Thank you for your post and thank you to your father for his service. I completely understand your point of view along with the other classmates that agree with you, however, I would like to play “devil’s advocate” for a second. I would like to talk about the reason all of this began. The NFL players are not kneeling against the flag, they are kneeling against the national anthem. In your opinion, kneeling for the National anthem is disrespectful to our country and all those who have fought/fight for our country. What about the opinion that the National anthem is racist and disrespects many Americans in this country? “Most citizens don’t know that the national anthem has hidden racist verses that are pro-slavery and anti-black. What Key implied was that the blood of slaves and hirelings, who fought on battlefield for their freedom, will wash away the pollution of the British invaders. In as much as the anthem is a patriotic song, it is also intended to disrespect black people who fought for their freedom.” ( (Links to an external site.))

Hello Damaris!

This is a very aggravating subject to me.  I agree completely that for these players to kneel during the national anthem is nothing but disrespectful.  I never served in the military personally as I chose to be a civilian flight nurse and help our local people, however, both of my grandfathers were veterans and gave most of their life to keep the rest of this country safe.  I understand that they are trying to “prove a point” per say, however this is not the place or way to do that.  And if nothing else these players are getting paid more than this entire classes salary every year to play a game, the least they could do is show a little respect for their country.  If I was the coach of these teams I would be benching every one of them.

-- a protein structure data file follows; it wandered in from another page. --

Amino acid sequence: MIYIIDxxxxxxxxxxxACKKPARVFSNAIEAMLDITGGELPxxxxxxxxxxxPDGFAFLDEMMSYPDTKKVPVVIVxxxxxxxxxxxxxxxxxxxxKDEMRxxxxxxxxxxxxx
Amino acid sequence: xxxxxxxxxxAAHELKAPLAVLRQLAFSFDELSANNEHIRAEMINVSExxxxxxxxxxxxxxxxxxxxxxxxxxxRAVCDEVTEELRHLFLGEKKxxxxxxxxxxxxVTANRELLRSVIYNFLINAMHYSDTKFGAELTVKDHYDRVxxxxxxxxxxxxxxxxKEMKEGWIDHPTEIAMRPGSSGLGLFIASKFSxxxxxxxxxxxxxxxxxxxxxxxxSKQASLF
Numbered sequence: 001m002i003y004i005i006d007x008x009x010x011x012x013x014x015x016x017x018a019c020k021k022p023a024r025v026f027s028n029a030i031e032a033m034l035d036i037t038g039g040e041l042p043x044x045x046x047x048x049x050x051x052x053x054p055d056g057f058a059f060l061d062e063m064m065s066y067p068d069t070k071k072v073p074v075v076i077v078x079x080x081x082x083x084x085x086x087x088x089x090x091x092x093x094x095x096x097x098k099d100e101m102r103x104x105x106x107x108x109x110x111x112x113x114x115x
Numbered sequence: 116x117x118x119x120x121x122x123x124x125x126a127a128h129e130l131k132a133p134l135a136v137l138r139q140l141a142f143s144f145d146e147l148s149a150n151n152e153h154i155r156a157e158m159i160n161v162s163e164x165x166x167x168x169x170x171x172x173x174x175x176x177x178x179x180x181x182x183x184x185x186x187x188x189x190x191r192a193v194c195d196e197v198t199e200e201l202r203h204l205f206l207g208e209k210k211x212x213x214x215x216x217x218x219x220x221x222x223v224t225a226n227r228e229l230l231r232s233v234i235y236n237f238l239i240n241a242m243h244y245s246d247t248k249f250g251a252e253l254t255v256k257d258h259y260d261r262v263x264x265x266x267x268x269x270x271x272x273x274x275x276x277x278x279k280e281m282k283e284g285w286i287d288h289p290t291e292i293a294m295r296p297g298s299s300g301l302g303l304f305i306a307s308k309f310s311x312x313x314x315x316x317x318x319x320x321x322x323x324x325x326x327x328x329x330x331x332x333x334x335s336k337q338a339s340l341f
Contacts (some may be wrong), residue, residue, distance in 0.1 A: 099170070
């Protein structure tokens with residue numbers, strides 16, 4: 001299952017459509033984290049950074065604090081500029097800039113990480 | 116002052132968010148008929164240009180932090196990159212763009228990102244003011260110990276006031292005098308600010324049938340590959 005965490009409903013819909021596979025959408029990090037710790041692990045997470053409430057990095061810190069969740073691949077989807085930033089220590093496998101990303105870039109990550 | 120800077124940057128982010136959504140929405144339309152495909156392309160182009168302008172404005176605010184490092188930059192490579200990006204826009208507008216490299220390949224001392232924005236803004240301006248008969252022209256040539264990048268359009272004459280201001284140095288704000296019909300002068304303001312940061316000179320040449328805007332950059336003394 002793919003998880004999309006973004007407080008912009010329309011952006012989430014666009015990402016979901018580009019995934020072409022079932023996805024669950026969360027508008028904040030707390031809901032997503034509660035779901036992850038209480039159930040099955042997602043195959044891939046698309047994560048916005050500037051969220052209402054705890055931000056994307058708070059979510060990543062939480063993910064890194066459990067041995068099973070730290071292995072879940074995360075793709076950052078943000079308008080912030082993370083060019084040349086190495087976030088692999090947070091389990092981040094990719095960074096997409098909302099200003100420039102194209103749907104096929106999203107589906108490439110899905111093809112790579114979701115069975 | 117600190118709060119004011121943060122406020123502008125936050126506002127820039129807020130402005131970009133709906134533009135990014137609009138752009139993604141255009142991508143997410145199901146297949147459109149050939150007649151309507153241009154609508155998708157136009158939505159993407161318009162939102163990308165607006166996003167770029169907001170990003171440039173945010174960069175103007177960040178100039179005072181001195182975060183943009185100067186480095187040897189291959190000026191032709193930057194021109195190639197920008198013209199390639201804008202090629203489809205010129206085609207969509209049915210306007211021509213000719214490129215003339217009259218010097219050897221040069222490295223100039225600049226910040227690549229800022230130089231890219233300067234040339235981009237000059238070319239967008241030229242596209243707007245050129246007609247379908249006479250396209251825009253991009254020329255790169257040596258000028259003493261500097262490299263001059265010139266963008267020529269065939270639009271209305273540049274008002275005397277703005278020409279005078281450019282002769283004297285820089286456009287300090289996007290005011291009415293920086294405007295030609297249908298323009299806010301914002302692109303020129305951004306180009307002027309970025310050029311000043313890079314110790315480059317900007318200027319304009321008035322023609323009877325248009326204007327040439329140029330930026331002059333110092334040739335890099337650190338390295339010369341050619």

What a great post! Wonderful example pertaining to something that everyone in America has heard about, and has an opinion on. I have many family members that are in, or are retired military. So my opinion on this subject matter stands with yours entirely on it being disrespectful – not only because I feel like it disrespects the years of service my family has provided to our country, but because it disrespects our country on so many levels.

Watching sports has always been a way to relax and a way for everyone to put aside their differences (other than what team you’re rooting for) and enjoy a Friday night, Saturday, or Sunday afternoon with family, friends, and even strangers if you are present at a game. This whole, players deciding to kneel does take the enjoyment out of watching the game for many people – as many (that I know at least) do not support this agenda the players are pursuing and ends up infuriating them, instead. Again, great post!

Damaris, I completely agree with what you posted! However, it is their right to kneel, lay down, turn around, whatever it is. I do not agree with it at all especially because they are not representing themselves. They are representing a team, for football. It is not the time or the place to be expressing that. They are being paid to play football, not be on their soapbox for whatever topic is popular to hate that day. I also can not tolerate these people disrespecting the flag. The American Flag represents so much more than a piece of fabric flowing in the wind. It is the freedom that we have because of the men and women who sacrificed everything for everyone else to be free.